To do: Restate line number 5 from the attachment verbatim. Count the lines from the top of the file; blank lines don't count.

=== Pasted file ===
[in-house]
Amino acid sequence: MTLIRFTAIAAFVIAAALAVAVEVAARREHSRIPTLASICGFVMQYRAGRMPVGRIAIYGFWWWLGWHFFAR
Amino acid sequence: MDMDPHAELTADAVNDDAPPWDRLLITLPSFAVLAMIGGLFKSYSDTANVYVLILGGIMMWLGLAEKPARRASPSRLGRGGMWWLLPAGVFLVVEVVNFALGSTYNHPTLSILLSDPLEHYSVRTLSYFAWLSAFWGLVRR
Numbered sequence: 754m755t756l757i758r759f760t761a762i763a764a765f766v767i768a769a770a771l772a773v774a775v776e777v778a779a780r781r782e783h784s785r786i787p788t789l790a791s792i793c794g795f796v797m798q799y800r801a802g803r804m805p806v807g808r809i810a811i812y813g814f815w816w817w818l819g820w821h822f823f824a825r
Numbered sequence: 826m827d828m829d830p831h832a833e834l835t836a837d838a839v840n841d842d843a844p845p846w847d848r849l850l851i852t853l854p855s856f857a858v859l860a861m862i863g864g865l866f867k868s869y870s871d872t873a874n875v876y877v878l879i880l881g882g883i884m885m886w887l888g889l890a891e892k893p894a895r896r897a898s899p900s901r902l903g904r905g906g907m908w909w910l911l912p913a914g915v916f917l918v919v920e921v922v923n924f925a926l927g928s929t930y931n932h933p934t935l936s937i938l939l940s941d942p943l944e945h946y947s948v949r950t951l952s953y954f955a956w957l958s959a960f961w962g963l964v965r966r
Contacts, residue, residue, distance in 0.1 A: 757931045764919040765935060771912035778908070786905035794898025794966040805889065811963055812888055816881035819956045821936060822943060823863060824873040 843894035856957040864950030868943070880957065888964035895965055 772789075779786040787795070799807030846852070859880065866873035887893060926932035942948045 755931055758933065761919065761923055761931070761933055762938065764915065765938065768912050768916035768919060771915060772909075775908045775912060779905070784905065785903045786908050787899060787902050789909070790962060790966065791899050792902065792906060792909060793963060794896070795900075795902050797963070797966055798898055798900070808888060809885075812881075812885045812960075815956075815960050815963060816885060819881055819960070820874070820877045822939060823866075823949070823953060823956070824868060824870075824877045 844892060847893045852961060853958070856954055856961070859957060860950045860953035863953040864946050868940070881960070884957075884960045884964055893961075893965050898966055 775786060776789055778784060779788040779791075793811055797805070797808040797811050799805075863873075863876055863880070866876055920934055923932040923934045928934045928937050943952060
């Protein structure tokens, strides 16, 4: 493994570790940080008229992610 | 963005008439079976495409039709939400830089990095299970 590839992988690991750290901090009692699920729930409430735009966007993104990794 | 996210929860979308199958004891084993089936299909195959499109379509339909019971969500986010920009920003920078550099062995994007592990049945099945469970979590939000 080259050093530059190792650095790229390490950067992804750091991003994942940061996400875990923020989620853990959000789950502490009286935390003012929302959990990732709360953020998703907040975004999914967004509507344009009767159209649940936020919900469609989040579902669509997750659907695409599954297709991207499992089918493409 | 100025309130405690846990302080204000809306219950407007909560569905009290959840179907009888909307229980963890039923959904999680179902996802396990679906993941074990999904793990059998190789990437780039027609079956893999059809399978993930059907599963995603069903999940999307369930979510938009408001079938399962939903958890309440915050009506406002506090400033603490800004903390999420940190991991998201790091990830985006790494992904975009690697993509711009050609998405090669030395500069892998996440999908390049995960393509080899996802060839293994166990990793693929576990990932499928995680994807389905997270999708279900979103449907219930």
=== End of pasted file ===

Numbered sequence: 826m827d828m829d830p831h832a833e834l835t836a837d838a839v840n841d842d843a844p845p846w847d848r849l850l851i852t853l854p855s856f857a858v859l860a861m862i863g864g865l866f867k868s869y870s871d872t873a874n875v876y877v878l879i880l881g882g883i884m885m886w887l888g889l890a891e892k893p894a895r896r897a898s899p900s901r902l903g904r905g906g907m908w909w910l911l912p913a914g915v916f917l918v919v920e921v922v923n924f925a926l927g928s929t930y931n932h933p934t935l936s937i938l939l940s941d942p943l944e945h946y947s948v949r950t951l952s953y954f955a956w957l958s959a960f961w962g963l964v965r966r